The old cliché hasn’t lost its potency: Money doesn’t buy happiness. But what is the end game for entrepreneurs and startups if unlimited funds and open-ended positioning in life isn’t the fulfilling dream we’re hardwired to believe it is? That’s the dilemma facing Minecraft creator Markus “Notch” Persson, since he sold Mojang to Microsoft for a massive $2.5 billion nearly a year ago.

Taking to Twitter on Saturday, Persson lamented the void of struggle and reward in the eyes of wealth, finding social experience impossible due to imbalance. Hanging out in Ibiza, rubbing elbows with celebrities, able to do anything he can imagine, but the feeling has left a void inside.

Persson’s sense of personal value, tied in part to the social constructs among the staff of Mojang, has gone haywire. The Mojang crew “all hate me now,” he insists, though one Mojang employee responded that he only hated Persson during the initial shock of him leaving. However, Persson aggressively rejects the notion, saying  “nobody reached out and said it was just initial shock. So fuck all of you. Fuck you so hard.” Needless to say, there’s a deep-cut sensitivity to the situation that defies gentle hindsight. The sudden burst of wealth is reportedly romantically isolating as well.

However, as Yahoo CEO Marissa Mayer illustrates in action, success and a traditional sense of happiness can walk hand in hand. She’s running one of the world’s most highly recognized tech companies with a family at home and twins on the way. Balance is key, she stresses.

“Moving forward, there will be a lot to do for both my family and for Yahoo,” Mayer wrote in her Tumblr page announcement. “Both will require hard work and thoughtful prioritization. However, I’m extremely energized by and dedicated to both my family and Yahoo and will do all that is necessary and more to help both thrive. The future looks extremely bright on both fronts.”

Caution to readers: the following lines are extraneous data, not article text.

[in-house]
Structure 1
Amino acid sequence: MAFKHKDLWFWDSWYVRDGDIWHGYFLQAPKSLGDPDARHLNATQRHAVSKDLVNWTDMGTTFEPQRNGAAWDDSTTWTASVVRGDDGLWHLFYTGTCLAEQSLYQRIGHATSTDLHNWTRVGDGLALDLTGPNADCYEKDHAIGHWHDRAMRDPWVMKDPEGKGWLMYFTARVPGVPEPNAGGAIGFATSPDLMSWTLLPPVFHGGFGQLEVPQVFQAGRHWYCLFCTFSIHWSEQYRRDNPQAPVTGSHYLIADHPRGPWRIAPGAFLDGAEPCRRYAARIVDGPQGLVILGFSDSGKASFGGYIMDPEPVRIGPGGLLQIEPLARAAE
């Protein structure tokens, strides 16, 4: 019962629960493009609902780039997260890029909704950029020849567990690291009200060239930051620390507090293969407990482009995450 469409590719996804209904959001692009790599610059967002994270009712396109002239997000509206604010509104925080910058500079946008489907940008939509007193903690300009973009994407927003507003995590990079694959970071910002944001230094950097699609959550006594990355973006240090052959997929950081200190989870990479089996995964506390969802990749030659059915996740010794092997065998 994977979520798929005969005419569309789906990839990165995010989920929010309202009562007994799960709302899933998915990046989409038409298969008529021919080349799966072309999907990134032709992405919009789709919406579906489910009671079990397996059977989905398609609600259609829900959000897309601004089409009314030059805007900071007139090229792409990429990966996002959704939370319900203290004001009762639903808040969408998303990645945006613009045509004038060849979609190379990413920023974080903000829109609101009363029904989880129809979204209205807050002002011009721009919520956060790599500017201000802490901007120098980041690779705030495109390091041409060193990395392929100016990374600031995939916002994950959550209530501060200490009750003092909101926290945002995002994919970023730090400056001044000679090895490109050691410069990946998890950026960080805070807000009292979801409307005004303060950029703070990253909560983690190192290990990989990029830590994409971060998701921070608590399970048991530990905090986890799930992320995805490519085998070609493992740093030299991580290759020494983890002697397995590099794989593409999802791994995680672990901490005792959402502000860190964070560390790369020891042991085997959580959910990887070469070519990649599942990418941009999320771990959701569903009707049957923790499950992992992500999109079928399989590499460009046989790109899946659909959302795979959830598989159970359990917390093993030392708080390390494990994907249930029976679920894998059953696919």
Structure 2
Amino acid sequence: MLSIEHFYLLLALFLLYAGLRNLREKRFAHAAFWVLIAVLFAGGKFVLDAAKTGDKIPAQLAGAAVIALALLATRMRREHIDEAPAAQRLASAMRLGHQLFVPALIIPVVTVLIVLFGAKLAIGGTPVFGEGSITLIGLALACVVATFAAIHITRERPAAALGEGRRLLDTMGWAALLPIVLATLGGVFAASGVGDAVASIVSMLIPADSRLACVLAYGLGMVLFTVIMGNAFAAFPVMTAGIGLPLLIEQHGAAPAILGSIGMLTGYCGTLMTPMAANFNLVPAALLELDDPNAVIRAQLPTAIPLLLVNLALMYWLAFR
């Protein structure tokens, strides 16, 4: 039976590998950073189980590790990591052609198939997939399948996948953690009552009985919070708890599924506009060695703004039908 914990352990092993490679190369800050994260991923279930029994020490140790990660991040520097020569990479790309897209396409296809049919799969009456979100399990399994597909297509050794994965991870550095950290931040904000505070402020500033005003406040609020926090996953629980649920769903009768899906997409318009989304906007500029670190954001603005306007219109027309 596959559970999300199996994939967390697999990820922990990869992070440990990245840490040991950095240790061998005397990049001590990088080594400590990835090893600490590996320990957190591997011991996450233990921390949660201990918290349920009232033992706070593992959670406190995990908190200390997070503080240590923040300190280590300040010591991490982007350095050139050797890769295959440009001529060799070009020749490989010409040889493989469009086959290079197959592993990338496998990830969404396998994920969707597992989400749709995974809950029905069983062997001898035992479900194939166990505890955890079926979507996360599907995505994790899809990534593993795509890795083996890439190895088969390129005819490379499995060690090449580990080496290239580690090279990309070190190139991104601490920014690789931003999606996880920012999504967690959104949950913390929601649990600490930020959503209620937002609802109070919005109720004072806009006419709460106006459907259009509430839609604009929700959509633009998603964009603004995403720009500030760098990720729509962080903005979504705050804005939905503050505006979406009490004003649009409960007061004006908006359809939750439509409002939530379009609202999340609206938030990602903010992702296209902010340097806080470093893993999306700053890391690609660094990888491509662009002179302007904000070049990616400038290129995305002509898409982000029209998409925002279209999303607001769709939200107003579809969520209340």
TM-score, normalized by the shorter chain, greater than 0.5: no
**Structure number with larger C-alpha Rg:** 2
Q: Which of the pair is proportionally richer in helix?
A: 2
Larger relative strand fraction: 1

Though Persson’s pessimism seemed to take a turn at the end of his Twitter streak – noting that others in his position have told him such feelings are normal and will pass – his predicament is hardly unique among the ultra-wealthy and celebrity elite. When you work yourself to the bone and your efforts finally pay off, sometimes beyond your wildest dreams, what new horizon will inspire passion and value?

The answer – and even the question itself – applies to nearly all of us more than one might imagine. Ambition drives innovation, industry, competition. But a sense of harmony among life’s core value points is essential to maintain longevity of contentment, fulfillment and well-being. To succeed in a competitive market, we will work ourselves into the ground and set goals beyond the rational. But if we sacrifice our creative trajectory – let alone our family and health – for single-minded financial gain, the very meaning of our existence will have been lost in the waves of professional peaks and valleys to which we assign our own value, even if the gamble pays off monetarily.

Though he’s wary of it now, Persson could do well to follow the example of Elon Musk, who turned the incredible payout from his stake in PayPal to eBay and used it to start businesses that are changing the trajectory of future tech. Musk launched Tesla Motors, which is developing an affordable electric car, and the Mars-bound SpaceX, which aims to make interplanetary travel accessible on a very real timeline.

Musk is using his billions to change the world. While Persson, Mayer and others are by no means obligated to follow in such altruistic footsteps, the importance of a course for betterment within and without cannot be overstated. It’s not enough to get a grip on that elusive brass ring – the key is to use it as a stirrup to reach far more meaningful ground.